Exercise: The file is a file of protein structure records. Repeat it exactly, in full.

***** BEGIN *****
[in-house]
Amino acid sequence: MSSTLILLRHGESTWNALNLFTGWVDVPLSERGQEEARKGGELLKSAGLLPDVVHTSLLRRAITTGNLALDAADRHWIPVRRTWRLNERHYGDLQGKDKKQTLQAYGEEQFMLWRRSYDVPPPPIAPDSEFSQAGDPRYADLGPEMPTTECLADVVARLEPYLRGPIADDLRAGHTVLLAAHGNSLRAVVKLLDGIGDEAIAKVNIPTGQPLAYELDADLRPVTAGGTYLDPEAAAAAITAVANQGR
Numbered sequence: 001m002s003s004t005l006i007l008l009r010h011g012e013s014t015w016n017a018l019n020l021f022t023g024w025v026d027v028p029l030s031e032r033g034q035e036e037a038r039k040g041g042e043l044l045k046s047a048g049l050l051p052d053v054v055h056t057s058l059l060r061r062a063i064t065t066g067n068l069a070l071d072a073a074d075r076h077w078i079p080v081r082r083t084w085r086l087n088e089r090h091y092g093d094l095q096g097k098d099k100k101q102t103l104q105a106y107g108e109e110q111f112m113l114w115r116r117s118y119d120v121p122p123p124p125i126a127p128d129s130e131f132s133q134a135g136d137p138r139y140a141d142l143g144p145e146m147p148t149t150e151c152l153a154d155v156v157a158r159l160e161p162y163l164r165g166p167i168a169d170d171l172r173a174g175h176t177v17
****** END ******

[in-house]
Amino acid sequence: MSSTLILLRHGESTWNALNLFTGWVDVPLSERGQEEARKGGELLKSAGLLPDVVHTSLLRRAITTGNLALDAADRHWIPVRRTWRLNERHYGDLQGKDKKQTLQAYGEEQFMLWRRSYDVPPPPIAPDSEFSQAGDPRYADLGPEMPTTECLADVVARLEPYLRGPIADDLRAGHTVLLAAHGNSLRAVVKLLDGIGDEAIAKVNIPTGQPLAYELDADLRPVTAGGTYLDPEAAAAAITAVANQGR
Numbered sequence: 001m002s003s004t005l006i007l008l009r010h011g012e013s014t015w016n017a018l019n020l021f022t023g024w025v026d027v028p029l030s031e032r033g034q035e036e037a038r039k040g041g042e043l044l045k046s047a048g049l050l051p052d053v054v055h056t057s058l059l060r061r062a063i064t065t066g067n068l069a070l071d072a073a074d075r076h077w078i079p080v081r082r083t084w085r086l087n088e089r090h091y092g093d094l095q096g097k098d099k100k101q102t103l104q105a106y107g108e109e110q111f112m113l114w115r116r117s118y119d120v121p122p123p124p125i126a127p128d129s130e131f132s133q134a135g136d137p138r139y140a141d142l143g144p145e146m147p148t149t150e151c152l153a154d155v156v157a158r159l160e161p162y163l164r165g166p167i168a169d170d171l172r173a174g175h176t177v17